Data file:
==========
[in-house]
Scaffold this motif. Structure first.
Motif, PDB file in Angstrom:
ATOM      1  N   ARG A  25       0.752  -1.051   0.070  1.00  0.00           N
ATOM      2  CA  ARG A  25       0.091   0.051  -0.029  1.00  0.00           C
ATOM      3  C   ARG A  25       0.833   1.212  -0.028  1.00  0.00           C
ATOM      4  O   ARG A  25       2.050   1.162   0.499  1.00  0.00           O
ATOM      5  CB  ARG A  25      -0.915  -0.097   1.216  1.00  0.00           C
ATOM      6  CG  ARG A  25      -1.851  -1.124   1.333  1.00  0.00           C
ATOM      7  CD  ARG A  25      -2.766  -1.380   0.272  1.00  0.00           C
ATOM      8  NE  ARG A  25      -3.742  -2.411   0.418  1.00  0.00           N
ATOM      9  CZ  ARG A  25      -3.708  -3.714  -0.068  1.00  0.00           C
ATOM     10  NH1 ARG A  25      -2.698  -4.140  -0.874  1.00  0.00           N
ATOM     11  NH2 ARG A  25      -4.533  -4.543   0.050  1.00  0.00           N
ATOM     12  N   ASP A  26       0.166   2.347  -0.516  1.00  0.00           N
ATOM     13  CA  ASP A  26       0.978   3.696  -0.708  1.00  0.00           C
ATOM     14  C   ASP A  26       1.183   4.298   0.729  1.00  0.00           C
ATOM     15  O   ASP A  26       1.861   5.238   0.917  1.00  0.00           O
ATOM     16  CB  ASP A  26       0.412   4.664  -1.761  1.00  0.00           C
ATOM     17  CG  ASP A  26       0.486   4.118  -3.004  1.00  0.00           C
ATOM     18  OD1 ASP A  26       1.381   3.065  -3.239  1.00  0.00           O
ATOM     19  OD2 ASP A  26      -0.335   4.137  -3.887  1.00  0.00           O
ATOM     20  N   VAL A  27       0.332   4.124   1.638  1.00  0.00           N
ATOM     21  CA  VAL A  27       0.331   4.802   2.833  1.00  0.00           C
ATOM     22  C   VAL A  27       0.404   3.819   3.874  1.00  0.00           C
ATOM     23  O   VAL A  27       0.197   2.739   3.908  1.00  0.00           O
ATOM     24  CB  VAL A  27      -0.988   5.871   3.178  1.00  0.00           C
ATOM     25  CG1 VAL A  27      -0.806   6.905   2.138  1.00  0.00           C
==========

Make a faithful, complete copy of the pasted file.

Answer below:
[in-house]
Scaffold this motif. Structure first.
Motif, PDB file in Angstrom:
ATOM      1  N   ARG A  25       0.752  -1.051   0.070  1.00  0.00           N
ATOM      2  CA  ARG A  25       0.091   0.051  -0.029  1.00  0.00           C
ATOM      3  C   ARG A  25       0.833   1.212  -0.028  1.00  0.00           C
ATOM      4  O   ARG A  25       2.050   1.162   0.499  1.00  0.00           O
ATOM      5  CB  ARG A  25      -0.915  -0.097   1.216  1.00  0.00           C
ATOM      6  CG  ARG A  25      -1.851  -1.124   1.333  1.00  0.00           C
ATOM      7  CD  ARG A  25      -2.766  -1.380   0.272  1.00  0.00           C
ATOM      8  NE  ARG A  25      -3.742  -2.411   0.418  1.00  0.00           N
ATOM      9  CZ  ARG A  25      -3.708  -3.714  -0.068  1.00  0.00           C
ATOM     10  NH1 ARG A  25      -2.698  -4.140  -0.874  1.00  0.00           N
ATOM     11  NH2 ARG A  25      -4.533  -4.543   0.050  1.00  0.00           N
ATOM     12  N   ASP A  26       0.166   2.347  -0.516  1.00  0.00           N
ATOM     13  CA  ASP A  26       0.978   3.696  -0.708  1.00  0.00           C
ATOM     14  C   ASP A  26       1.183   4.298   0.729  1.00  0.00           C
ATOM     15  O   ASP A  26       1.861   5.238   0.917  1.00  0.00           O
ATOM     16  CB  ASP A  26       0.412   4.664  -1.761  1.00  0.00           C
ATOM     17  CG  ASP A  26       0.486   4.118  -3.004  1.00  0.00           C
ATOM     18  OD1 ASP A  26       1.381   3.065  -3.239  1.00  0.00           O
ATOM     19  OD2 ASP A  26      -0.335   4.137  -3.887  1.00  0.00           O
ATOM     20  N   VAL A  27       0.332   4.124   1.638  1.00  0.00           N
ATOM     21  CA  VAL A  27       0.331   4.802   2.833  1.00  0.00           C
ATOM     22  C   VAL A  27       0.404   3.819   3.874  1.00  0.00           C
ATOM     23  O   VAL A  27       0.197   2.739   3.908  1.00  0.00           O
ATOM     24  CB  VAL A  27      -0.988   5.871   3.178  1.00  0.00           C
ATOM     25  CG1 VAL A  27      -0.806   6.905   2.138  1.00  0.00           C